Ultimately, after 13 years of continuous service in WestPac operating areas, Widgeon sailed for the United States on 17 August 1969, in company with Catskill, Vireo, and Warbler. Proceeding via Pearl Harbor, she arrived at Long Beach exactly one month later.

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MOMAG - MOBILE MINE ASSEMBLY GROUP
Before 1975, mine shops around the world were divisions of various naval magazines or ordnance facilities. This arrangement frequently put the magazine's priorities above those of the mine shop's, resulting in Minemen often being assigned to divisions outside their rating. On 1 July 1975, the reorganization of the mine force resulted in the establishment of both the Commander, Mine Warfare Command (COMINEWARCOM) and the Com­mander, Mobile Mine Assembly Group (COMOMAG). This reorganization established MOMAG detachments and units located around the world.

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MOMAG UNIT TWELVE - Mobile Mine Assembly Group 12, Misawa, Japan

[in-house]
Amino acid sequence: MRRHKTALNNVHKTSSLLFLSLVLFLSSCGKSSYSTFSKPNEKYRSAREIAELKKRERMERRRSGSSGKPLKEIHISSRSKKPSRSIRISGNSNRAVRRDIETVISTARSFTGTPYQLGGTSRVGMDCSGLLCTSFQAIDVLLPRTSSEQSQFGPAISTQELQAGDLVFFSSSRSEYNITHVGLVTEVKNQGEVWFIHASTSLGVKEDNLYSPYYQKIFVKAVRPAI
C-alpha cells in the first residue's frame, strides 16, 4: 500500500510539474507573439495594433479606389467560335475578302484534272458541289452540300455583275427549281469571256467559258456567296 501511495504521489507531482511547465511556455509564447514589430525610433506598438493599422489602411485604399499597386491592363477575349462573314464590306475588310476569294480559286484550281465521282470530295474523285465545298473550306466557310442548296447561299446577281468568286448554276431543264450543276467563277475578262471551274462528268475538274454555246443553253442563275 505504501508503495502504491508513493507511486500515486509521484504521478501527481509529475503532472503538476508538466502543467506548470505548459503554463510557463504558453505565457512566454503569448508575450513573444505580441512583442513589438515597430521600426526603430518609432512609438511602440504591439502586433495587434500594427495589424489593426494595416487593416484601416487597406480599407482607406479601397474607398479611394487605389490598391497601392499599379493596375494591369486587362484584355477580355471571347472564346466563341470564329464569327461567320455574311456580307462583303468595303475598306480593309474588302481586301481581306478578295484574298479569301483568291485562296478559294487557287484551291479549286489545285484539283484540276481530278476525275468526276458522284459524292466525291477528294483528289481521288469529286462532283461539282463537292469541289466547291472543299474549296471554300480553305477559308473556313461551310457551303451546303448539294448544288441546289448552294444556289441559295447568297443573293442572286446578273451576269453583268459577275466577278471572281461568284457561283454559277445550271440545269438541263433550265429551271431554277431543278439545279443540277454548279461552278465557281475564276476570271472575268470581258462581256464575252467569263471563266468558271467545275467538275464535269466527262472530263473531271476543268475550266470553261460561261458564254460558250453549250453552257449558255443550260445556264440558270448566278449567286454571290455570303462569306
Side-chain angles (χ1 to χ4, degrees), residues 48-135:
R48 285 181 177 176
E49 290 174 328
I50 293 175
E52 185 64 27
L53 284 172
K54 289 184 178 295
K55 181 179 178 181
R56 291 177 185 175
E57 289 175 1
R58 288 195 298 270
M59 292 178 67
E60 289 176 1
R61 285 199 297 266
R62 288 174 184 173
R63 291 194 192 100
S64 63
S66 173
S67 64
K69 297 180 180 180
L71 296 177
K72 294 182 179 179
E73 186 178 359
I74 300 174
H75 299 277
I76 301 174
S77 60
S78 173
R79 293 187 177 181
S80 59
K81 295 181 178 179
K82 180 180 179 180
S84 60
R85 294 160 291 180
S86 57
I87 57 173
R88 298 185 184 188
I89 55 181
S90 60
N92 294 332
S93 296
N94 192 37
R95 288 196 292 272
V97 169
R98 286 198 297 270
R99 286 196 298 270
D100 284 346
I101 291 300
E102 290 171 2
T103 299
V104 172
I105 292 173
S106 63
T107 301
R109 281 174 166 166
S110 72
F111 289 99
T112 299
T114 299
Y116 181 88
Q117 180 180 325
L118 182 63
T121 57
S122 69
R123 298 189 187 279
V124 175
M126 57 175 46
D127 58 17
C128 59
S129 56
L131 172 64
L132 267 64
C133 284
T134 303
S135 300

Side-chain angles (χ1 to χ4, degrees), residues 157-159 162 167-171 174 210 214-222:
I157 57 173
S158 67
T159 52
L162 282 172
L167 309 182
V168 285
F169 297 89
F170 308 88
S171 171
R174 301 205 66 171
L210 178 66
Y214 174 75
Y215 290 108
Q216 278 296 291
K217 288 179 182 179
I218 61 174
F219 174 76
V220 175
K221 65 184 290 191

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MINE FLOTILLA ONE

Mine Flotilla (MinFlot) ONE was formed and COMINRON THREE reported to this Commander, who wore
both MinFlot1/MinRon 3 “hats” for it’s duration - until the early seventies. Mine Division 33 consisted of ten
MSL’s, a Mike Boat (LCM), an LCPR, and one LCVP. All three Mine Divisions reported to MinFlot 1/MinRon
3, as did a mine disposal/EOD function, and the Mobile Inshore Undersea Warfare Surveillance Unit 12
(MIUWS 12), until a 1965 trip to DaNang, SVN when we dropped them off permanently for Vietnam duty. All
embarked units were transported aboard the USS Epping Forest MCS-7, and the MSC’s often sailed
independently, but convoyed with EF frequently to many WesPac destinations as a mine flotilla.